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Drunk history: liquor enters the wet city

Drunk history: liquor enters the wet city

06/03/15 Denton, TX Gayle Cook surveys the vast selection of alcohol inside Imperial Ale and Spirits. The liquor store is the second to open in Denton after voters chose to make the city wet in December 2014. Photo by Edward Balusek

Drunk history: liquor enters the wet city
June 12
01:42 2015

Erica Wieting | Senior Staff Writer

A bell chimes as the door to Imperial Ale and Spirits opens to welcome a new customer. Store manager Niles Patel greets the newcomer as he finishes up with a buyer, passing a receipt across the counter and thanking him for his business.

Imperial Ale and Spirits opened April 21 at 717 S. Interstate 35E on the corner of Teasley Lane and I-35E. The store is located next to Brookshire’s, behind Applebee’s.

Patel, who has lived in Denton for 20 years, said he considered opening a liquor store for a long time before Denton finally became wet earlier this year.

Patel said he grew up learning how to correctly manage a business from family role models.

“My family had [a liquor store] in the north states, Chicago area,” he said. “So I’d seen how to manage this stuff.”

Patel said he is optimistic about the future of the store, despite a slow start.

He has seen a noticeable increase in his customer base this month in particular, citing the start of the summer months as a catalyst.

“It’s a very good thing,” he said in reference to the store’s rising numbers of customers. “It keeps me out of trouble.”

Patel expects business to keep increasing as even more people find out that new liquor stores are popping up around Denton.

“No one knows that we’re here yet,” Patel said. “It’s getting there slowly.”

In an overwhelming majority, thousands of Denton residents voted in the November 2014 elections to allow the sale of liquor within city limits. The law took effect on Jan. 1 of this year.

In the following months, residents expecting or hoping to see liquor stores quickly were disappointed after three months had passed and Denton remained dry.

The delay was due in part to complicated liquor licensing laws, Patel said. Regulations set by the Texas Alcohol and Beverage Commission can make the process of opening a liquor store complex.

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Niles Patel, left, rings up a customer at Imperial Ale and Spirit.

Manager of Total Wine & More in Lewisville David Trone said his store has been serving Denton County since 1997. Aspiring liquor store owners in the state have to go through the TABC if they want to establish a business.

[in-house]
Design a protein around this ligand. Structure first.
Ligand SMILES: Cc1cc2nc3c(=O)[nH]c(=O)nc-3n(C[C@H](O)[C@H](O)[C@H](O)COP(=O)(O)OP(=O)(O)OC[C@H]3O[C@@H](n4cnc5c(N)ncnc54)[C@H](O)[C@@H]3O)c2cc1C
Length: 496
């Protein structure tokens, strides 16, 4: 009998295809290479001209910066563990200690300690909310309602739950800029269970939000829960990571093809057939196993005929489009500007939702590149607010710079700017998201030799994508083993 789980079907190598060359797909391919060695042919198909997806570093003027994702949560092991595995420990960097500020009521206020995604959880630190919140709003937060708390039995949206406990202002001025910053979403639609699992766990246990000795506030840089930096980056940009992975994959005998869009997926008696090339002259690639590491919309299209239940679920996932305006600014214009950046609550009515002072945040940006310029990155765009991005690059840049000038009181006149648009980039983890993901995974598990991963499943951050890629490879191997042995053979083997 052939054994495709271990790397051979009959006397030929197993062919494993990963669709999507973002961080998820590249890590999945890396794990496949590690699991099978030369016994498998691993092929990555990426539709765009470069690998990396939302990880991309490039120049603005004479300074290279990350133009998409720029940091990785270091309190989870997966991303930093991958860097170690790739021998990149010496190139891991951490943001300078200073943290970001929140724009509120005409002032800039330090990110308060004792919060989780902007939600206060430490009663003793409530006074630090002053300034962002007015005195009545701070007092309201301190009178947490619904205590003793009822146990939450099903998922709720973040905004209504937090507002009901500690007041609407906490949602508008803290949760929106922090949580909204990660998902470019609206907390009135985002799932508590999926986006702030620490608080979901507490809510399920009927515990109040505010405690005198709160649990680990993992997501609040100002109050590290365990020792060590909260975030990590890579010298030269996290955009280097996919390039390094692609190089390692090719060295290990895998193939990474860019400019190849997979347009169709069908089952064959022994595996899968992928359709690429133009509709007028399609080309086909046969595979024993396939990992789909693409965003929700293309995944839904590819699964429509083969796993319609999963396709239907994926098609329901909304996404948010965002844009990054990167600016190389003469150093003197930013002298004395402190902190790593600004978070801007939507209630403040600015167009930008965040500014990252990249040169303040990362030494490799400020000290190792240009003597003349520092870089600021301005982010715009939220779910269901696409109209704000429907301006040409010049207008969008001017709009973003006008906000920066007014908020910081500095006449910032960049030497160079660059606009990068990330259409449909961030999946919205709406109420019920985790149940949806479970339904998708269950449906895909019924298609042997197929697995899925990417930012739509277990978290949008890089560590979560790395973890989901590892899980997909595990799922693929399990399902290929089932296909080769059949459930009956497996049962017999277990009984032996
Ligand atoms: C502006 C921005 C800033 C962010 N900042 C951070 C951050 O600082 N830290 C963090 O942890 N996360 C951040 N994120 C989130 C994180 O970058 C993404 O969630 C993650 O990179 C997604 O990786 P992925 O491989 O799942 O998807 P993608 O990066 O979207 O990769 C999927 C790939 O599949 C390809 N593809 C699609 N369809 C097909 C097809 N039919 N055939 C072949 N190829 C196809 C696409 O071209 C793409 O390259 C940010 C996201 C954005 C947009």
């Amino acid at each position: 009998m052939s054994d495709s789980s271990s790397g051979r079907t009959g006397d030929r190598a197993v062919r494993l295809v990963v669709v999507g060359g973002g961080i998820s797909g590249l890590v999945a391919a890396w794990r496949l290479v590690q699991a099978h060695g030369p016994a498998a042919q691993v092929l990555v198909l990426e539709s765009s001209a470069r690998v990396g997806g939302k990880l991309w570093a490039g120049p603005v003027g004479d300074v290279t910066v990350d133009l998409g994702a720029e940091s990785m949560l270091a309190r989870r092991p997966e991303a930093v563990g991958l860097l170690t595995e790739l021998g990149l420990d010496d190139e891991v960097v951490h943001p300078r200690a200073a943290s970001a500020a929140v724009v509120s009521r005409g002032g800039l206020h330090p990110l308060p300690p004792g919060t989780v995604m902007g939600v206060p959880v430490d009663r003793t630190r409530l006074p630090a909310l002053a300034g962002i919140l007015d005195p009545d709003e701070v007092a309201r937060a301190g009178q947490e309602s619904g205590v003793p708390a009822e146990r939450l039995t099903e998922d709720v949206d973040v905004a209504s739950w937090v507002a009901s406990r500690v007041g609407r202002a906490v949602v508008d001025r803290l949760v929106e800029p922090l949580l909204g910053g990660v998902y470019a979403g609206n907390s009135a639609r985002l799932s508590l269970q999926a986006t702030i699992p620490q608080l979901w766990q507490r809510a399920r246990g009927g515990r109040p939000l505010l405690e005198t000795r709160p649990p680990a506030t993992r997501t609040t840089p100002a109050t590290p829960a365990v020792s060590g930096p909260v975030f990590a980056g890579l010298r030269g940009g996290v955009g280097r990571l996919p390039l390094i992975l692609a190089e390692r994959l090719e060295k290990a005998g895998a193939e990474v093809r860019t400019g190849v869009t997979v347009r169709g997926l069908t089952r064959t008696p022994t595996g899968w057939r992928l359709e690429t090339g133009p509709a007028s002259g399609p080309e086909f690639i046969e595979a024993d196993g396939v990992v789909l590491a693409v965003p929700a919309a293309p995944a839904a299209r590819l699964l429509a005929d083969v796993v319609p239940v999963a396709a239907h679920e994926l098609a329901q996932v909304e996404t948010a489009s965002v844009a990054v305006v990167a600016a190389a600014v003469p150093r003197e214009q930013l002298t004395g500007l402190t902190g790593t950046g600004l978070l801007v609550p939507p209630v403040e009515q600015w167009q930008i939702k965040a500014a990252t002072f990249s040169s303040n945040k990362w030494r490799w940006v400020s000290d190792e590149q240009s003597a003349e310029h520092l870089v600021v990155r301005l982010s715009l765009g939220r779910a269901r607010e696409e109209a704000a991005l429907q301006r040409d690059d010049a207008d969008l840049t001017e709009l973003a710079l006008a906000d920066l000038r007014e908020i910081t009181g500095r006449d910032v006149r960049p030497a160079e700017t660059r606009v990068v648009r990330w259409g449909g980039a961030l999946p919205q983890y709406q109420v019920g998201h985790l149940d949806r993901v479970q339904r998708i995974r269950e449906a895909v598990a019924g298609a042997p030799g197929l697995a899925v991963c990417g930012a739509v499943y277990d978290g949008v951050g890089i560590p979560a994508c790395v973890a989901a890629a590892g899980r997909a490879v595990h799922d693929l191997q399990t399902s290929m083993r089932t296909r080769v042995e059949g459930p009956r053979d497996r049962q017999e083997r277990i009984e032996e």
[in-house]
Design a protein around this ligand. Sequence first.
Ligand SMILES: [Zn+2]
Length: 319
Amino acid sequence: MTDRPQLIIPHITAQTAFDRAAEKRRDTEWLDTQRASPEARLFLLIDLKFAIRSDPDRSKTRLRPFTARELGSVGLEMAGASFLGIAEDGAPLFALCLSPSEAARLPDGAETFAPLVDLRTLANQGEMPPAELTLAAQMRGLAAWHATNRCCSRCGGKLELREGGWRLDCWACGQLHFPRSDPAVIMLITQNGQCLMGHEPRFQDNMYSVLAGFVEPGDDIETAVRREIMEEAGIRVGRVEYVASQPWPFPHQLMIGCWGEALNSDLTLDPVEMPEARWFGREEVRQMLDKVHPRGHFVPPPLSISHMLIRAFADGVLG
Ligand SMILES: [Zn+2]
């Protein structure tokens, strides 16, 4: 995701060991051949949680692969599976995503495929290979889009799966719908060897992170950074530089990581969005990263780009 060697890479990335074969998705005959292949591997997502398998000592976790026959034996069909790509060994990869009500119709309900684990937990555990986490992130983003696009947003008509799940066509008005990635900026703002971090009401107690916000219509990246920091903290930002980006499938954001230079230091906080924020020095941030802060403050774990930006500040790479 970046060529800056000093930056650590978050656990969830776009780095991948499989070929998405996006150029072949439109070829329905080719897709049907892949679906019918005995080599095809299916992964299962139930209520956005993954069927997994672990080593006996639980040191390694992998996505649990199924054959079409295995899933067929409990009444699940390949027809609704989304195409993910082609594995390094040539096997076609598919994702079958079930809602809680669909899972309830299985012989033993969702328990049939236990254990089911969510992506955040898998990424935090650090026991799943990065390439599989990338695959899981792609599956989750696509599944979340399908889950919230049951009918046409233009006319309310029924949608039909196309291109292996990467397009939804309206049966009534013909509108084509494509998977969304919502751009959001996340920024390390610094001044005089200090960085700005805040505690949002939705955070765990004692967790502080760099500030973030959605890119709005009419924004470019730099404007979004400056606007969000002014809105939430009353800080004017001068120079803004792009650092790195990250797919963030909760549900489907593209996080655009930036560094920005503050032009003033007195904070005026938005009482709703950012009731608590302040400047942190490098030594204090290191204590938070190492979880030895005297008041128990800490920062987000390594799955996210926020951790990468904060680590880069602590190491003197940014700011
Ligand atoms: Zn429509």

“You have to fill out a pretty extensive application, do a few background checks and be approved through the TABC,” Trone said. “That’s usually about a four-month process.”

Denton’s first liquor store, The Liquor Outpost, applied for its license at the end of December. Imperial Ale and Spirits was quick to follow suit on Jan. 15, and folks at Shax’s Liquor applied for their location on Teasley Lane the same month.

Sophomore nursing student Lauren Schedler said while she will purchase liquor from stores more often now that there is one close to her, she will still frequent the bars just as often.

“It’s more about being social and getting out of the house than about consuming liquor,” Schedler said.

With the establishment of businesses like Imperial Ale and Spirits, liquor stores are quickly becoming an integral part of Denton’s culture. Specifically, the decorations in Imperial Ale and Spirits prove its suitability for the uniquely eclectic ecosystem of Denton.

As it turns out, liquor isn’t the only thing of interest to the store. In keeping with Denton’s avant-garde motif, the shop is lined with unconventional, offbeat decorations.

These include a large, metal, Shiner-branded Texas state cutout and a selection of t-shirts framing an upside-down, neon blue guitar.

Patel and his store have finally arrived in Denton, and he said they’re here to stay.

“I found an opportunity and here I am,” he said.

Featured Image: Gayle Cook surveys the selection of alcohol inside Imperial Ale and Spirits. The store is the second to open in Denton after voters chose to make the city wet in December 2014. Edward Balusek | Editor-in-Cheif

[colored_box color=green]TOP 5 SHOTS IN DENTON

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shots_other_web

shot_man_web

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1. ‘The Hopper’ at Cool Beans

Gin based, mixed with orange, pinapple and grapfruit juice with triple sec

2. Pickle Shot at Riprocks

Patrons shoot whiskey, then pickle juice, then eat a pickle slice

3. Yet-to-be-named Shot at Hickory & Fry

Bourbon based, mixed with apple liquor, bar-made shrub with peach and apple cider vinegar and finally squeezed lemon juice

4. ‘The Manmosa’ at Drunken Donkey

Patrons shoot Maple Jim Beam, then orange juice, then eat a bacon strip

5. Vapor Shot at The Garage

Shots of vaporized alcohol in banana or peach flavors

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